US folk songstress Peggy Seeger visited Bournemouth University (BU) to talk to staff, students and fans about her work with Bournemouth-born pioneering radio producer Charles Parker as part of centenary celebrations for Charles Parker Day 2019.
Married to fellow folk icon and Scottish activist Ewan McColl, the New York born musician was instrumental in creating the BBC’s seminal Radio Ballads series of broadcasts from 1958 to 1963. The Radio Ballads, which were created by radio producer Charles Parker, aimed to fuse together elements of documentary, music and storytelling, to become soundscapes exploring the sights, sounds and emotions of Britain throughout the late 1950’s.
Parker himself described these as: "A form of narrative documentary in which the story is told entirely in the words of the actual participants themselves as recorded in real life; in sound effects which are also recorded on the spot, and in songs which are based upon these recordings, and which utilise traditional or 'folk-song' modes of expression."
Topics for the ballads ranged from the story of a railwayman tragically killed attempting to slow a runaway train, the building of Britain’s first M1 motorway, and the intractable illness of polio to teenage life in post-war Britain.
Speaking about their friendships, Peggy said: “Ewan and Charles didn’t really battle – Charles really idolised Ewan and probably too much in a way because Charles had his own abilities which Ewan didn’t have. Charles wanted to be the writer – he developed incredibly in his own person because he was very insular in himself but he had very definite ideas about class and about sharing and that sort of thing.”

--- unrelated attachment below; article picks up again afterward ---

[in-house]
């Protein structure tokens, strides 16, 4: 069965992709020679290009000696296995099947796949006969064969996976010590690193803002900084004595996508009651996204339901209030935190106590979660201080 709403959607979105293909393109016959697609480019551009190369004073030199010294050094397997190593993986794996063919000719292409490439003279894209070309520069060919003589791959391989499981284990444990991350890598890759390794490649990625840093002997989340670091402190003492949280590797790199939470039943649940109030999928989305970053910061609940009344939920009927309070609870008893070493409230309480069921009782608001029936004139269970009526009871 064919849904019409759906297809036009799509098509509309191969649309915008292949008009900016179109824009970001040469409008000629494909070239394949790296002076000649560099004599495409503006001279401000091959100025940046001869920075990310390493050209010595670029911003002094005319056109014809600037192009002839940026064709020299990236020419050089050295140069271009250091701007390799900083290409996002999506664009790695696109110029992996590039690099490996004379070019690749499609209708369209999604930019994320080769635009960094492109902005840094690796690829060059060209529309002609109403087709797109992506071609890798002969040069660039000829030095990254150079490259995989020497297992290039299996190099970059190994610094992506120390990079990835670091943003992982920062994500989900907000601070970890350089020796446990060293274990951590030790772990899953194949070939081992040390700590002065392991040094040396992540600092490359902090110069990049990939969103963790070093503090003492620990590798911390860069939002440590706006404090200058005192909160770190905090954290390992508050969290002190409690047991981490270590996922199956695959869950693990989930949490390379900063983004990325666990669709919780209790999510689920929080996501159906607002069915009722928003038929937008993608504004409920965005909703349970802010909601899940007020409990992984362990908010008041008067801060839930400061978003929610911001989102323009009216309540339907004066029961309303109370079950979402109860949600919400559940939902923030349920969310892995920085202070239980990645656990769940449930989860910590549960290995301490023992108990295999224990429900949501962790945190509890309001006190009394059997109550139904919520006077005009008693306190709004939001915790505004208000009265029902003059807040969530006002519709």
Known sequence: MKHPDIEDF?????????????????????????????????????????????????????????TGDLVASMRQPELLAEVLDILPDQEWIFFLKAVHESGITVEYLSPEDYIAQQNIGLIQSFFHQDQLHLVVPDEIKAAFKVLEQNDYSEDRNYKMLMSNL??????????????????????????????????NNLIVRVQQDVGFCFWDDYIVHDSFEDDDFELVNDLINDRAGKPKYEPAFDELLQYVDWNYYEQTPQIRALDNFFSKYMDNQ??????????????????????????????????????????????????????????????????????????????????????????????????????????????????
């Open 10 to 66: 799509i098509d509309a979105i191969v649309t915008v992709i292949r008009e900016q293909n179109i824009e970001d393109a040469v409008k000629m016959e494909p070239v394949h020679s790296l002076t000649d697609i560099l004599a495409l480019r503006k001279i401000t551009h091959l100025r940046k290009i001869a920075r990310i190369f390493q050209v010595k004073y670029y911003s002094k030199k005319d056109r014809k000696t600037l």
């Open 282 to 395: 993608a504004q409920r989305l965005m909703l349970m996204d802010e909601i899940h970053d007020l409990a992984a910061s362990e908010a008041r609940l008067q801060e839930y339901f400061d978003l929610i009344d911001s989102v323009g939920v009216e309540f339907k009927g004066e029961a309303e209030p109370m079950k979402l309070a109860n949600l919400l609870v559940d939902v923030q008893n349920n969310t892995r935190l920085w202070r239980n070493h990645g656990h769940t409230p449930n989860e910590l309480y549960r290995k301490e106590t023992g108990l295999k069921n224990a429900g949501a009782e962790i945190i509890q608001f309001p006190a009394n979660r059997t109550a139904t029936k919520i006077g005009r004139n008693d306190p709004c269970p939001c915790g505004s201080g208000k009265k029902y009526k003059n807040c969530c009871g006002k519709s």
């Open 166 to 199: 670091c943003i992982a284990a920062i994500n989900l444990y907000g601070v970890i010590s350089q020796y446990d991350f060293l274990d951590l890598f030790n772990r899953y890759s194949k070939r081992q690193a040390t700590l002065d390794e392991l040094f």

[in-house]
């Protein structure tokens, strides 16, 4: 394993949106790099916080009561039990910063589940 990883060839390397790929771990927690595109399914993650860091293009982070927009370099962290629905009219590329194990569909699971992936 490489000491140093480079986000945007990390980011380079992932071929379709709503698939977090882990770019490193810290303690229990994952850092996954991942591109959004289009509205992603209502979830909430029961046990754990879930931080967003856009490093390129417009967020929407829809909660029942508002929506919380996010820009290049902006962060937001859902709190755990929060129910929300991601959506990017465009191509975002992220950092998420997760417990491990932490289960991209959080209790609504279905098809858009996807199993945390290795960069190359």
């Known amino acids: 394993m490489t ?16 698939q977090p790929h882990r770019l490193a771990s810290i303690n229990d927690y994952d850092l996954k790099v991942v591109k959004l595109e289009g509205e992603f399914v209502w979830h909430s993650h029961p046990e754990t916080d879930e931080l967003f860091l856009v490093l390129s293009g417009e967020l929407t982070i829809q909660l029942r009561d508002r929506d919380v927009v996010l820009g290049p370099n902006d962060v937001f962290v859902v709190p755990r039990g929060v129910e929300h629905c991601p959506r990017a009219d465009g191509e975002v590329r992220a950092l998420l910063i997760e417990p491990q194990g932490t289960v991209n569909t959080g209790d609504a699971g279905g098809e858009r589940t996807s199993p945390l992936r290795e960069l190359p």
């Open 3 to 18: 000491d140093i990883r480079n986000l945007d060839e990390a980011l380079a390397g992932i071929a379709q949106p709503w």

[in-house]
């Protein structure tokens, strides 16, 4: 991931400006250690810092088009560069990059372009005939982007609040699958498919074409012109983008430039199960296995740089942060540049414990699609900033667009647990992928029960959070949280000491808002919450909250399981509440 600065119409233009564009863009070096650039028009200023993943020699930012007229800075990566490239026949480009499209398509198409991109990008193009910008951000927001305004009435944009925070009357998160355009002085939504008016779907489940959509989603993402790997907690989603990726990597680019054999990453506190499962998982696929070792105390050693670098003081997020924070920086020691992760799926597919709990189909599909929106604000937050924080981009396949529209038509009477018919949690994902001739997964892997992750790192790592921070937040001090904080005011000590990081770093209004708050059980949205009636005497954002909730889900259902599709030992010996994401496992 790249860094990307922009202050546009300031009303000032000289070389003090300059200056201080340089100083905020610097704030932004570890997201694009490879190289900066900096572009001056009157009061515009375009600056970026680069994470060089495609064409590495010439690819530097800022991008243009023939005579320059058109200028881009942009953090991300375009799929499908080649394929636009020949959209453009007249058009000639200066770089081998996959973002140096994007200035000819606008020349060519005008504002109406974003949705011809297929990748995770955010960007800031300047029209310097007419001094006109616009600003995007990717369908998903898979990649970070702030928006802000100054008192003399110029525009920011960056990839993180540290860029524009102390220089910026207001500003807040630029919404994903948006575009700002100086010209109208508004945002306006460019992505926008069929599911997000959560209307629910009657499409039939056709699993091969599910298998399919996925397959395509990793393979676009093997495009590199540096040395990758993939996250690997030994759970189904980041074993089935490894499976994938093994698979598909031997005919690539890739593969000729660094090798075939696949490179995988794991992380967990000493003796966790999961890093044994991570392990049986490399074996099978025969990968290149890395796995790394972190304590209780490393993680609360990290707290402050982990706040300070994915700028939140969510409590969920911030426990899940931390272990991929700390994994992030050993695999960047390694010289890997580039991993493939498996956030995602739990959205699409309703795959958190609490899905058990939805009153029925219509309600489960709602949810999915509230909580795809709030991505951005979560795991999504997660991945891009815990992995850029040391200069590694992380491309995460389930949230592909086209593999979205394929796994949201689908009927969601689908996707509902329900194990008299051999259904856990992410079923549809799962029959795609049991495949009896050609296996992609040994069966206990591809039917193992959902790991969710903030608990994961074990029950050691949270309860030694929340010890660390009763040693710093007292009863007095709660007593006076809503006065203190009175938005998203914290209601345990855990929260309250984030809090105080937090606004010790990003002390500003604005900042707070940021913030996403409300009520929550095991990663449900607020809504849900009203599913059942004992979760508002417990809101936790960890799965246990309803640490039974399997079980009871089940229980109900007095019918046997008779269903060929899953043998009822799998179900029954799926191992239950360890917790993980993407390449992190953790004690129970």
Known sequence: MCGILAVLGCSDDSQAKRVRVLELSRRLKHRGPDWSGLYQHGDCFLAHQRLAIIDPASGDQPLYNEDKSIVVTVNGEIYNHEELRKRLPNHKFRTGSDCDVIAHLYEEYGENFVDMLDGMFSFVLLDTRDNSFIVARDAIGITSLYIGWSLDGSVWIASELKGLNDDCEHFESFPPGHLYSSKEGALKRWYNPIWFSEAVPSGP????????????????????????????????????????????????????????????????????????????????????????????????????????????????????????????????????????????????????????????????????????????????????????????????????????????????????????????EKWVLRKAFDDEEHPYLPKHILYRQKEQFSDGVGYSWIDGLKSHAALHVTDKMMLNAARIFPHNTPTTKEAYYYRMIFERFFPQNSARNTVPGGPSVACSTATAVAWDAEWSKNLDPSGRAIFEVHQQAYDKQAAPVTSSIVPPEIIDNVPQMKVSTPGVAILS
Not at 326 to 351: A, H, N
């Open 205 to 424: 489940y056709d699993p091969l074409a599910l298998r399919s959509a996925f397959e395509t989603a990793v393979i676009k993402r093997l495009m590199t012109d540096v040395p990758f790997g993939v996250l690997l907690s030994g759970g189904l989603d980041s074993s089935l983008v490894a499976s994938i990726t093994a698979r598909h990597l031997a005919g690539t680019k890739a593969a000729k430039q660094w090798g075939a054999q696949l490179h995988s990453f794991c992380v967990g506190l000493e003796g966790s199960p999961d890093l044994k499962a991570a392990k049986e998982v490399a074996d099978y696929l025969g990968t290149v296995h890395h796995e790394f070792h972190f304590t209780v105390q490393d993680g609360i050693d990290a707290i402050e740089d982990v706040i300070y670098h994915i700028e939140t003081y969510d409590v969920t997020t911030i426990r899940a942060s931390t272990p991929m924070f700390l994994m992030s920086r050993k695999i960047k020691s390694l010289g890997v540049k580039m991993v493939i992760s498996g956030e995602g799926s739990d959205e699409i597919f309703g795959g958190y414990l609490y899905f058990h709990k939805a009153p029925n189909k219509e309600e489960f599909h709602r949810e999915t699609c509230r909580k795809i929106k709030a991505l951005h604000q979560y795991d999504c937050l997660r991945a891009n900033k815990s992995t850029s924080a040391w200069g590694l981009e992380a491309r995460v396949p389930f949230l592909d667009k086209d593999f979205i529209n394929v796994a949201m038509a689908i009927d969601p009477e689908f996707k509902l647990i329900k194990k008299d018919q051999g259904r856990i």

Organised by BU Professor of Radio, Sean Street, Seeger was visiting the university alongside BBC Ballads Studio Manager Gillian Ford as part of a day of celebrations remembering the life of the radio veteran, whose work has inspired scores of budding producers. Also attending the day was BBC Radio 4 Commissioning Editor, Mohit Bakaya, who chaired judging for the Charles Parker Prize for Best Student Audio Feature.
BBC Three’s Assistant Producer Andrew Efah, composer Jon Nicholls and editor Hugh Levinson were then interviewed by the Prison Radio Association about their BBC Radio 4 feature about knife crime, Ballad of the Blade. The children of late BU academic, radio technician and producer, Alan Parker, also gave an account of growing up with a father ‘obsessed with actuality and editing’.
To read more about the Charles Parker Trust and its work in inspiring the next generation of radio talent, visit: http://www.cpatrust.org.uk/